Tuesday, March 25, 2008

Pete won a class at the Blackdown Hills Hedge Event.........and a large shield is now on the shelf for the year!! Here are the before and after pics.
I have finished the hedge shown in a previous post and it is shown here along with a picture of Pete making pea sticks and hedging stakes.
The material taken out of a hedge when it is laid is a lot, probably half of the stems in a thick hedge are coppiced out and as this hedge is hazel we made a lot of useful items such as bean poles for this years beans, pea sticks for both growing the peas on and protecting seedlings from the pigeons, a lot of stakes for temporary fencing and for staking a north somerset style hedge at the national championships which Pete will be entering in the autumn and lastly stems to put by for making walking sticks. A little of the waste was tidied up and burnt but in true permaculture style the harvest from this hedge was huge.....coppicing is an example in true low input high output!!

Saturday, March 22, 2008

I have recently explored my family tree via some interesting websites and got right back into the 17somethings with some of the names which are unusual! Most of my family come from Devon, Dorset and the Somerset/Gloucester border where they were variously agricultural labourers, sailors and horse dealers!. However my paternal grandfather was from Freston in Suffolk, just down the road from 'Constable country' and came to Devon when sent as a policeman to Devonport dockyard near Plymouth, why I don't know, but he met my grandmother whilst there! He was a great grower of veg and though blind in his later years would grow veg along lines of wires so he knew where the parsnips etc were located by touch....fascinated me as a child!My father was also a hobbyist woodworker who actually built 2 houses in his spare time and who grew veg!

His father, my greatgrandfather was the local postmaster and a smallholder who grew industrial quantities of veg.........he, my gt grandmother and their garden, including conservatory that apparently contained vines, are pictured above, he died at the age of 45 in 1908 of scepticaemia (probably from his farming activities!) leaving behind a large family. His father and fathers father were all woodsmen.........so what I get up to is probably in the genes!! My son George works for the National Trust at the moment and lays hedges and works in the countryside, so allowing for my father who was not that serious about 'growing your own' I reckon thats a line ofat least 7 generations of smalllholders, veg growers, woodcutters etc!!

Thursday, March 20, 2008

Well it was not the cruciate ligament but the cartiledge! Apparently after manipulating my leg and looking quizical, then asking me when I last injured my leg.....which to be honest I couldn't remember as being recent, the consultant informed me I have already ruptured the anterior cruciate in that leg and it was my cartiledge I had damaged this time! It would account for a lot, having ruptured the ACL in my right knee stupidly jumping some electric fencing 5 years ago I had completed the set not done the first one. Thinking about it I have had so many little accidents over the years such as falling off horses, whacking my knee on gate posts whilst riding horses, being kicked across the parlour by fractious cows etc that its not surprising to find out why my knees are so wobbly! The latest injury just added to the list! Am now on the fast track for key hole surgery to repair it, they say about 3 weeks wait! In the meantime I have become the proud posessor of a knee brace.......a damned uncomfortable device that has metal plates on eitherside of the knee with a hinge in the middle.....means I can hobble!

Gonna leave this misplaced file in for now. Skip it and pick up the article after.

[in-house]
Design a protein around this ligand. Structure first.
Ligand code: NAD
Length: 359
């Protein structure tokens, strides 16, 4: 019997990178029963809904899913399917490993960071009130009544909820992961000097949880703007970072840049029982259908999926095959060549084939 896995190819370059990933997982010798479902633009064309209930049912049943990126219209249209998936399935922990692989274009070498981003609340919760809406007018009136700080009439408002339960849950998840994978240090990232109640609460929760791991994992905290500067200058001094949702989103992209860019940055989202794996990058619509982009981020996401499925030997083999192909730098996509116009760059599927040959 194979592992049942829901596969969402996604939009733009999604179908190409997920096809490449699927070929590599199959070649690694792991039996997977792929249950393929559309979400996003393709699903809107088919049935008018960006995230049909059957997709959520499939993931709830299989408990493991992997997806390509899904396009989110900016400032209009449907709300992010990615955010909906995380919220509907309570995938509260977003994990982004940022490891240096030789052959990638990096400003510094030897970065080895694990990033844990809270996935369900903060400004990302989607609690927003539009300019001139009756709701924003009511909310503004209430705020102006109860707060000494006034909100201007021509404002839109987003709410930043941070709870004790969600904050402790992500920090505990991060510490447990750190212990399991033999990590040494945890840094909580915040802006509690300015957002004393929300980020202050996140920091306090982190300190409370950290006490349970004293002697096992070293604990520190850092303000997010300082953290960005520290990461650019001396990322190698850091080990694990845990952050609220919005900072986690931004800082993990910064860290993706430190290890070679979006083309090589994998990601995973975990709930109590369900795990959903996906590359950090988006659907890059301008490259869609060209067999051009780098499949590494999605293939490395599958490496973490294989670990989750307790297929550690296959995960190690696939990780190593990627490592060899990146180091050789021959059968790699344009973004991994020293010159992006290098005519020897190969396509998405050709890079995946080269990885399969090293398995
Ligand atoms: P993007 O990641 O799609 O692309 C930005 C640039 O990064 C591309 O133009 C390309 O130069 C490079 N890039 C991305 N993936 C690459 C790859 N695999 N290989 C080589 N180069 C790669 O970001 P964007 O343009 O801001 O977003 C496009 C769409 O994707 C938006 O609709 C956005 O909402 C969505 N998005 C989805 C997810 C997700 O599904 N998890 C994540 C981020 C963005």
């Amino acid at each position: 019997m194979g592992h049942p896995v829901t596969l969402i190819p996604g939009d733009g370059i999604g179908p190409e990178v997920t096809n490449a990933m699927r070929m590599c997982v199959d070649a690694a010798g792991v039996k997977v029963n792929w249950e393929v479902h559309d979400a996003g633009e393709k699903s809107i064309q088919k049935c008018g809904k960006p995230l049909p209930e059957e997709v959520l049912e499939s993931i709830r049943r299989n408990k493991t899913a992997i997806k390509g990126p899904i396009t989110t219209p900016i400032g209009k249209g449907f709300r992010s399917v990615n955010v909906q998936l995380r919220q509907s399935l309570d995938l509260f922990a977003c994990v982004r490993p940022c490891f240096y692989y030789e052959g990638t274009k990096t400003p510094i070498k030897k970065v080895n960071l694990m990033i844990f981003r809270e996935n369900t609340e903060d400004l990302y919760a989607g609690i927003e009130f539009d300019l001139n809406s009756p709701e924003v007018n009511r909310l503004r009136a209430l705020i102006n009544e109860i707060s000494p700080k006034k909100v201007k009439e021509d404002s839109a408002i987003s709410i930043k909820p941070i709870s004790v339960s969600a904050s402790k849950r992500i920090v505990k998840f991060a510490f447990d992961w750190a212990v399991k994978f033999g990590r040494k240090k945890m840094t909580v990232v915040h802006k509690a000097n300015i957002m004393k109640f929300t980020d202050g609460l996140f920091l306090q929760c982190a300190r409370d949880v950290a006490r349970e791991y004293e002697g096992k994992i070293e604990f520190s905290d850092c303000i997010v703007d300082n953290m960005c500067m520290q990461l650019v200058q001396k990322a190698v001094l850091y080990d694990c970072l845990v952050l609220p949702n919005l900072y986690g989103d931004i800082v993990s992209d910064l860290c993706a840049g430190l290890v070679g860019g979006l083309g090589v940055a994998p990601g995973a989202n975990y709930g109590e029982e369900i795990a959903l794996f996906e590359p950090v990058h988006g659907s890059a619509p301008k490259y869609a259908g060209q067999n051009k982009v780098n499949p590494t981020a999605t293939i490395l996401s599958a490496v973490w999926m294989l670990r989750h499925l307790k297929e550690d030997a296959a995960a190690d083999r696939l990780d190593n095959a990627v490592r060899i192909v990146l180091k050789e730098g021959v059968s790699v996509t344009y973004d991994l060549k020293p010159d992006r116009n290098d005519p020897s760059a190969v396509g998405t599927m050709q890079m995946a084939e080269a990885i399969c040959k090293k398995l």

I have been getting cabin fever stuck indoors so today I made lemon curd and a large loaf of bread, and plotted my escape to the top of the field! Pete had taken all my hedgelaying gear to the hazel hedge that needed urgent attention as it was beginning to tangle in nextdoor smallholdings telephone lines and with the aid of 2 electric fence posts as walking sticks I made it down there. Spent an enjoyable afternoon laying the hedge, completing two thirds of the length, will finish the rest tomorrow if the weather permits. I was getting desperate to do this as the end of the hedgelaying season is nigh!
Took a photo with my phone to illustrate what I was doing....not good quality but I didn't have the energy to get up to the house to get the camera. Still got to tidy it up and put in a few pegs made of hazel to neaten it up and hold it in place.
Talking of hedges I posted several pics last year of the Blackdown Hills Hedgelaying competition which Pete competed in. Well this year he took part again....and won!! He now has a nice shield to polish for a year!........and I was not there to take a picture of the moment of triumph!

Thursday, March 13, 2008

Pigs.....who would have em!!.......well we now have 3 and I am confined to the house on crutches.....connection? You bet!
I have had many pigs over the years starting with a Tamworth piglet called Mabel who was given to me by a farmer for whom I used to milk record his lovely Guernsey cows. She was a pedigree pig from the Roseleaf line and grew to be huge..........but very gentle and never tried to escape AND being 21 years ago we didn't have a battery electric fencer unit as they were only just becoming affordable (and reliable!) She could have destroyed the fencing but never bothered! She was mated to a local tamworth boar and had 10 piglets and was a realy good mum bless her. After being a pet for a while as she wouldn't breed again, she went to join a farm producing iron age pigs as we felt she was a bit lonely.